Re: (meteorobs) Leonid Storm?
Luis Gonzalez wrote:
> What's a Leonid Storm and Cloud. Also what is the coorect Punctuation for
> Leonid this how i say them (leo-noids).
A meteor storm is when the rate of meteors is exceptionally high.
An average rate of around 1 meteor per second would be a storm. During
the greatest storms, witnesses describe meteors falling like snow flakes!
Storms are always from a particular meteor stream and are usually caused
by a "dense" trail of dust ejected from the parent comet recently (few
revolutions old). In the case of a Leonid storm, the Earth encounters a
young thick trail of dust from comet 55P/Tempel-Tuttle. The designation
55P refers to this comet being number 55 in the catalogue of well observed
The term "Leonid cloud" is a misnomer. A cloud implies a broad object
like a cumulus cloud. However any broad object like that will have
dramatically different orbits for the particles at different sides of the
cloud, so it would not survive as a cloud for very long. In fact, a
spherically expanding "cloud" of dust ejected from a comet immediately
starts to spread out (basically along the comet's orbit) into a very thin
flattened trail. Each time the comet passes the Sun, a new trail forms
and unless the comet passes close to a planet, all these trails remain
"connected" to the comet, both in front and behind, but become more
separated from each other the further one goes from the comet. The
youngest trail is shortest and densest and the older ones are longer
and less dense. The overall cross-section of the trails is
surprisingly unchanged over many revolutions. The effect of sunlight is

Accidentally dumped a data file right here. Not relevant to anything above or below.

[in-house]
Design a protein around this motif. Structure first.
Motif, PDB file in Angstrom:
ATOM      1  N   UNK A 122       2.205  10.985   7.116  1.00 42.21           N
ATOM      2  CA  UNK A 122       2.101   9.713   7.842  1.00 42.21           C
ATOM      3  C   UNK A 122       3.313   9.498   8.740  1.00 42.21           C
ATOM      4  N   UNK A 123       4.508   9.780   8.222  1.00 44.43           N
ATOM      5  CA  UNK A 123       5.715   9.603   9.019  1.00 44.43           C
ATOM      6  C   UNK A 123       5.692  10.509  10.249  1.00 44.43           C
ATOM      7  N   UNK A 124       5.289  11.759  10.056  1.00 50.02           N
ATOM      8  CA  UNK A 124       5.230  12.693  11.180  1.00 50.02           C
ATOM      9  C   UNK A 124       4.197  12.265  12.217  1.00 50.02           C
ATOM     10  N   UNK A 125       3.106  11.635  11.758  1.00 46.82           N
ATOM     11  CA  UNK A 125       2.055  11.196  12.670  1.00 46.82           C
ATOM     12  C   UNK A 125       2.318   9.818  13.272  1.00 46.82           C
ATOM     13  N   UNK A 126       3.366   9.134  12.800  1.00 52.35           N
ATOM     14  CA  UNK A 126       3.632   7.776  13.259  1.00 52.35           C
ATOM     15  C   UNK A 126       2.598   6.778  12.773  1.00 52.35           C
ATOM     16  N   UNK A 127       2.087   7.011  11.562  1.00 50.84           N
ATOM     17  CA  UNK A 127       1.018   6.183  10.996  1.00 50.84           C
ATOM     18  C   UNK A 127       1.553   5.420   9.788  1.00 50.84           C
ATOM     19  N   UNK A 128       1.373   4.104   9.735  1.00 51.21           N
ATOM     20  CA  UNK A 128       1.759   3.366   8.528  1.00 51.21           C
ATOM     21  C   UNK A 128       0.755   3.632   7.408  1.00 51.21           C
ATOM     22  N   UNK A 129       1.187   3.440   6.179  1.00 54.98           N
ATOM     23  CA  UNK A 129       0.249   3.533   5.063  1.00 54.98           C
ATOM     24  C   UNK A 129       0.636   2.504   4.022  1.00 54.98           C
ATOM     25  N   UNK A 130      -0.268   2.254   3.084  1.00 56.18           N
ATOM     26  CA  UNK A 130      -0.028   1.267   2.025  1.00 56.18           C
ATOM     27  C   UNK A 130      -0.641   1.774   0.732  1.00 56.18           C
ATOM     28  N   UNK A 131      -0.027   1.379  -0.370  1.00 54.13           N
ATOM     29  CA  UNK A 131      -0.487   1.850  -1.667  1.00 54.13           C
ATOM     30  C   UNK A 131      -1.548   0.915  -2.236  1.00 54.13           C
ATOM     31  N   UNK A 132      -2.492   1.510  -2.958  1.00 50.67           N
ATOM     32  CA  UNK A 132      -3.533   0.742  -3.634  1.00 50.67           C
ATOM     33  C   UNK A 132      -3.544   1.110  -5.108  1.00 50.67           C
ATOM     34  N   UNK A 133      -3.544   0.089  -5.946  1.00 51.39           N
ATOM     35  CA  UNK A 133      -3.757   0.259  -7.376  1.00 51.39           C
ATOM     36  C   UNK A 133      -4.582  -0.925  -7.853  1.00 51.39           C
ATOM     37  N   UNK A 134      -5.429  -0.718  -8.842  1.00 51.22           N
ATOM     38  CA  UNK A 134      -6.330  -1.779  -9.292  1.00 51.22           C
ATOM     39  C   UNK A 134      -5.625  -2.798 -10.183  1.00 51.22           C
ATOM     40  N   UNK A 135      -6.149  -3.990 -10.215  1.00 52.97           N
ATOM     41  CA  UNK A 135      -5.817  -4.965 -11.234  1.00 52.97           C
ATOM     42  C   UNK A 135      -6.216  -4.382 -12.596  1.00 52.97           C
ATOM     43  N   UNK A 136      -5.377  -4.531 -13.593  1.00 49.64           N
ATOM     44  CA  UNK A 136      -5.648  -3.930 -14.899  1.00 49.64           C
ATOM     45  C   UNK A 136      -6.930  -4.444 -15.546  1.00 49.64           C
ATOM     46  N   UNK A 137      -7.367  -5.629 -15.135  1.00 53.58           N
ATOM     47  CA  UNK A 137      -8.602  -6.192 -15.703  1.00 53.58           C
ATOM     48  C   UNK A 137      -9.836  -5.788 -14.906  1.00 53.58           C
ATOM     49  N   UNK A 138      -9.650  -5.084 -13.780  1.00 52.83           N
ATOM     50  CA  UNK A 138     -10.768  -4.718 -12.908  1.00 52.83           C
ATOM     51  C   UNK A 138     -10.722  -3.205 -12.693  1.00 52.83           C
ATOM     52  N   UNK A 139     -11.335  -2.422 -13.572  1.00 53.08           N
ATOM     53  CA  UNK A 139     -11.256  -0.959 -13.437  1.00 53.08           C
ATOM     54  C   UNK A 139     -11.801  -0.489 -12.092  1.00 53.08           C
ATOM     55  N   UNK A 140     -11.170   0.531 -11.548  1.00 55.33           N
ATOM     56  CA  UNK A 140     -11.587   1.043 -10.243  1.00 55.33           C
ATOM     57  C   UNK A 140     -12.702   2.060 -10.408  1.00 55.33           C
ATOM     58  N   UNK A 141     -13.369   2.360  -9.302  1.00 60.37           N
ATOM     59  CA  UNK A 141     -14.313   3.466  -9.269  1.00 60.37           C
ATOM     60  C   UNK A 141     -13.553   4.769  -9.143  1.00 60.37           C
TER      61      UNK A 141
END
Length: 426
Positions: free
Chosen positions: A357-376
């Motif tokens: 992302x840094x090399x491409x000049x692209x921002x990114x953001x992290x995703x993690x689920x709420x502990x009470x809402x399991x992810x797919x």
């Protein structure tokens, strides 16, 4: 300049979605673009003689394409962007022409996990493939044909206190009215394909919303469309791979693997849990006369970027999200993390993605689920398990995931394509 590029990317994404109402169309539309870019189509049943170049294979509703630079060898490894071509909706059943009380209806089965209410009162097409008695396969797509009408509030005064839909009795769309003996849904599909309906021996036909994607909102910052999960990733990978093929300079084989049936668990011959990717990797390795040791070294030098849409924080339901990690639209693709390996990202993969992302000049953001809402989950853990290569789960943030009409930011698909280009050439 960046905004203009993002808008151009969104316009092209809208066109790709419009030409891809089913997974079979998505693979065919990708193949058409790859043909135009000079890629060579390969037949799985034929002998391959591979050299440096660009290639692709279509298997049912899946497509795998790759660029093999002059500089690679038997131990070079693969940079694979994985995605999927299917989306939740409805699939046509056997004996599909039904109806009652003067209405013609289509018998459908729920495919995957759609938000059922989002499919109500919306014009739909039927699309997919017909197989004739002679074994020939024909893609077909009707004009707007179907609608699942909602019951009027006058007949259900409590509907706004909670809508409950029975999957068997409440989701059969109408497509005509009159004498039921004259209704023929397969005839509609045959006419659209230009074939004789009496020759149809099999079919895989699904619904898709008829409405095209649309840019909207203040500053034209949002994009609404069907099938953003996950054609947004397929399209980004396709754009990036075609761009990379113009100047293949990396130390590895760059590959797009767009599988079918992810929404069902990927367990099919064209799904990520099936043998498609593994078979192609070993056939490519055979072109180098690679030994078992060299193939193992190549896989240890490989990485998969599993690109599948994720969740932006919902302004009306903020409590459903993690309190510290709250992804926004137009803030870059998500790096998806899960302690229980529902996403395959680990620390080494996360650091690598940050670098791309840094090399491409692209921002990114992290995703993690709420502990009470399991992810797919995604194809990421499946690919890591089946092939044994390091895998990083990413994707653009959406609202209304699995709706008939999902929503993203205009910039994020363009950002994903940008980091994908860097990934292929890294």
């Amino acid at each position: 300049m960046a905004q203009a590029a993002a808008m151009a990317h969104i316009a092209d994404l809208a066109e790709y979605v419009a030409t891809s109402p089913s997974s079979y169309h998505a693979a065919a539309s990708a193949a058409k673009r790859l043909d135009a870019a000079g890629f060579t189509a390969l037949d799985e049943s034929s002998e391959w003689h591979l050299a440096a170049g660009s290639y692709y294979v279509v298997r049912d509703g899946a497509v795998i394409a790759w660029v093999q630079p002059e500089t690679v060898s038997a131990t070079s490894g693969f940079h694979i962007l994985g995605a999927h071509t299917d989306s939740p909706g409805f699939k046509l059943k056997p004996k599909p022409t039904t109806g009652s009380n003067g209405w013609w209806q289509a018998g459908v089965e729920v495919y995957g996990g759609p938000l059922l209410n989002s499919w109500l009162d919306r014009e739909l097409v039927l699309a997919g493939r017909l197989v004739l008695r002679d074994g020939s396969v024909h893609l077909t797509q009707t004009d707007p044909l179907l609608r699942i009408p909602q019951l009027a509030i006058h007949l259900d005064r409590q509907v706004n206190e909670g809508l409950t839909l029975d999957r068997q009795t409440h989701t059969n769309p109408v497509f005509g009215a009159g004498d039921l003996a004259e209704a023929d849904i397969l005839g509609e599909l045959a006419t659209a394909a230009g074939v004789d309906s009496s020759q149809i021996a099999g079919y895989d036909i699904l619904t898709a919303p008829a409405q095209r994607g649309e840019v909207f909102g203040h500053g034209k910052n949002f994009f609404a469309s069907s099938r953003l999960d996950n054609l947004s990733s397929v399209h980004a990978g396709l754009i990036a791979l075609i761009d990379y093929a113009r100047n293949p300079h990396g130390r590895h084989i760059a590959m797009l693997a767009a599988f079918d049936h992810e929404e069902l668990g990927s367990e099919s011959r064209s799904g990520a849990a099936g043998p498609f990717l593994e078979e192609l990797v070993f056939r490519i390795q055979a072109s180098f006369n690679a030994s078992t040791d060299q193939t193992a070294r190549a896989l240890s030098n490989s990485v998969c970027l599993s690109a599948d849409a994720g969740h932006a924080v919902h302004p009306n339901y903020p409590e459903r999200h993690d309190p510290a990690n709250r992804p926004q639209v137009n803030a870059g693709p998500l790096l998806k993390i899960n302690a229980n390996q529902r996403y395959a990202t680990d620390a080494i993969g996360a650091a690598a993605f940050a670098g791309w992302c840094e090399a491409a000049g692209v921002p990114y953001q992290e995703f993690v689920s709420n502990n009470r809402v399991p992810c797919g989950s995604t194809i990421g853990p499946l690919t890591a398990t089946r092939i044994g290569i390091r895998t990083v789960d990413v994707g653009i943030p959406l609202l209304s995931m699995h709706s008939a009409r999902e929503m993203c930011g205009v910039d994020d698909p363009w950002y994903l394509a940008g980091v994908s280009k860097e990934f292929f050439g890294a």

to make most particles of the size that cause visible meteors, to lag
behind the comet, so storms tend to occur after the comet has passed
perihelion, its closest point to the Sun.
To have a storm, the Earth must
a) pass through the region of these young dust trails
b) pass through at least one of these trails ("a" might be satisfied but
not "b", i.e. the Earth crosses a highway but misses all the vehicles).
This explains the fickle nature and previous unpredictability of storms
c) the encountered trail must have a sufficient density of meteoroids of
the size that produce visual meteors.
The exception to this general rule is the existence of old dense
trails of particles that are "trapped" near the comet due to the
gravitational interaction with Jupiter or some other planet. This can
explain the Leonid fireball outburst of 1998. It is not likely for such
a "resonant trail" encounter to occur for the Leonids more than one year
away from the passage of comet 55P/Tempel-Tuttle.
Pronunciation is LeonIDS. I've heard it mispronounced Leonoids quite
frequently and can't imagine where it comes from (other than terms like
meteoroids and asteroids).
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